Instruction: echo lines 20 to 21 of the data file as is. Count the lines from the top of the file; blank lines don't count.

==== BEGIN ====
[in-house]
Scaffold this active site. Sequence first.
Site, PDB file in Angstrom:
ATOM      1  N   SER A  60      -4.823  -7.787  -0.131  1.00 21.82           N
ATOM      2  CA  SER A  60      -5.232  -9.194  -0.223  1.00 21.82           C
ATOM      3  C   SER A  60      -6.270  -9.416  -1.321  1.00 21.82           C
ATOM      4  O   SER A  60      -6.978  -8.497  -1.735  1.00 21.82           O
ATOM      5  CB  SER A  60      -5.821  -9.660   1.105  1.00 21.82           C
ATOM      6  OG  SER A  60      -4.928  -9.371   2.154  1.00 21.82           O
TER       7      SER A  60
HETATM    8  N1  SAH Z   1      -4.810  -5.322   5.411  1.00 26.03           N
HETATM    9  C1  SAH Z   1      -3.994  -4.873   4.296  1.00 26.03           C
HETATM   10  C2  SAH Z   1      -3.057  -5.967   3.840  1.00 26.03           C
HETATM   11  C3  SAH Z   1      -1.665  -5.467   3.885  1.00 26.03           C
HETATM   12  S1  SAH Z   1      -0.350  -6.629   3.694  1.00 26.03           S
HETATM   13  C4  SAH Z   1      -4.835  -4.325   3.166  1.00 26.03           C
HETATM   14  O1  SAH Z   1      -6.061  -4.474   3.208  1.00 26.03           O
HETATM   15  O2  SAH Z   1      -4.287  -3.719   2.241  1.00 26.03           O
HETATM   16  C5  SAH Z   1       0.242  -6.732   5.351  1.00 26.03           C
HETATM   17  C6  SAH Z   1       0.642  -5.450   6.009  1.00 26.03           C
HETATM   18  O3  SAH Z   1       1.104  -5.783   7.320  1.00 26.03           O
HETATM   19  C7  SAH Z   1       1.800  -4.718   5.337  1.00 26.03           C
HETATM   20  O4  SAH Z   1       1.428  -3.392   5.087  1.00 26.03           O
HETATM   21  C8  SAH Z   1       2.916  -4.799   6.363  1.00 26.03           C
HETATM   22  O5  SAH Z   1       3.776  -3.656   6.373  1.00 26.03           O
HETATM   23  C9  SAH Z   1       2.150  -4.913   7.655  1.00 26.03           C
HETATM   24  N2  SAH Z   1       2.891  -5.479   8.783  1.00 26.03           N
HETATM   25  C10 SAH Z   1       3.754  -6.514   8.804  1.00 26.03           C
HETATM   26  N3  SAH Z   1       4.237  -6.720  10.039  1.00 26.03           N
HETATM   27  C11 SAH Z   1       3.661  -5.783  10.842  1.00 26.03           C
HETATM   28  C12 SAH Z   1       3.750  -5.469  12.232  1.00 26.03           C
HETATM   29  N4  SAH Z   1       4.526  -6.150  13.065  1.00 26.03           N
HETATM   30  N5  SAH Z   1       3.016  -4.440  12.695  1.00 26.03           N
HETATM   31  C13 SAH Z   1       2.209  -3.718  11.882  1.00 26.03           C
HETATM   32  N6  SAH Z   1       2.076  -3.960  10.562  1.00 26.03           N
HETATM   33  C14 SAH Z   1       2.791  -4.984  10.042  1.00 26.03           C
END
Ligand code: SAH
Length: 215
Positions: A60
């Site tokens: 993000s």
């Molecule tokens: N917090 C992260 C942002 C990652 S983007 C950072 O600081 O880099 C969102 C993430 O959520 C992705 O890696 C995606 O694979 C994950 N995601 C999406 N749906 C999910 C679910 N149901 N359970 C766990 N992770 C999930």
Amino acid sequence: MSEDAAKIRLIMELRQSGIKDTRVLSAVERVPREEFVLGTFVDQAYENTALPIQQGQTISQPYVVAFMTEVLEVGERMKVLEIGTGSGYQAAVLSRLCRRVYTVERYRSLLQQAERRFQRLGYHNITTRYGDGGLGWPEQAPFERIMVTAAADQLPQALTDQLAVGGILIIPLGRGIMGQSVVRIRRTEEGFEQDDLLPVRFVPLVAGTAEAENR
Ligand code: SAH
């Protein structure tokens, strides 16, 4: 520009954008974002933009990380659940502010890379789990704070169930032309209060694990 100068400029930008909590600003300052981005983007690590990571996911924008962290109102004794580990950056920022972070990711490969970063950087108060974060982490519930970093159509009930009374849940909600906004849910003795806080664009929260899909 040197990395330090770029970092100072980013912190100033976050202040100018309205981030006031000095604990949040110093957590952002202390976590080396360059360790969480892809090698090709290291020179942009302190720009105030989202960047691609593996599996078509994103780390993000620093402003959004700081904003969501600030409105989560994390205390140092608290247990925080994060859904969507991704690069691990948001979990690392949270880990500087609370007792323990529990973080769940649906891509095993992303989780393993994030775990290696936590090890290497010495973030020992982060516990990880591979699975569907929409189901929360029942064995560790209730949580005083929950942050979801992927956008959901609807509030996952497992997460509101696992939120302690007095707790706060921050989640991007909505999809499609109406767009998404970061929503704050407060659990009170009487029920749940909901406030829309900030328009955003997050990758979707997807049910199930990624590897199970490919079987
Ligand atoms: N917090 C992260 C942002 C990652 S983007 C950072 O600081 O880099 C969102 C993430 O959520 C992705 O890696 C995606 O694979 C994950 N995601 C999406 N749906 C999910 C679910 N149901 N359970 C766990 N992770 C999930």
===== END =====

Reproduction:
HETATM   17  C6  SAH Z   1       0.642  -5.450   6.009  1.00 26.03           C
HETATM   18  O3  SAH Z   1       1.104  -5.783   7.320  1.00 26.03           O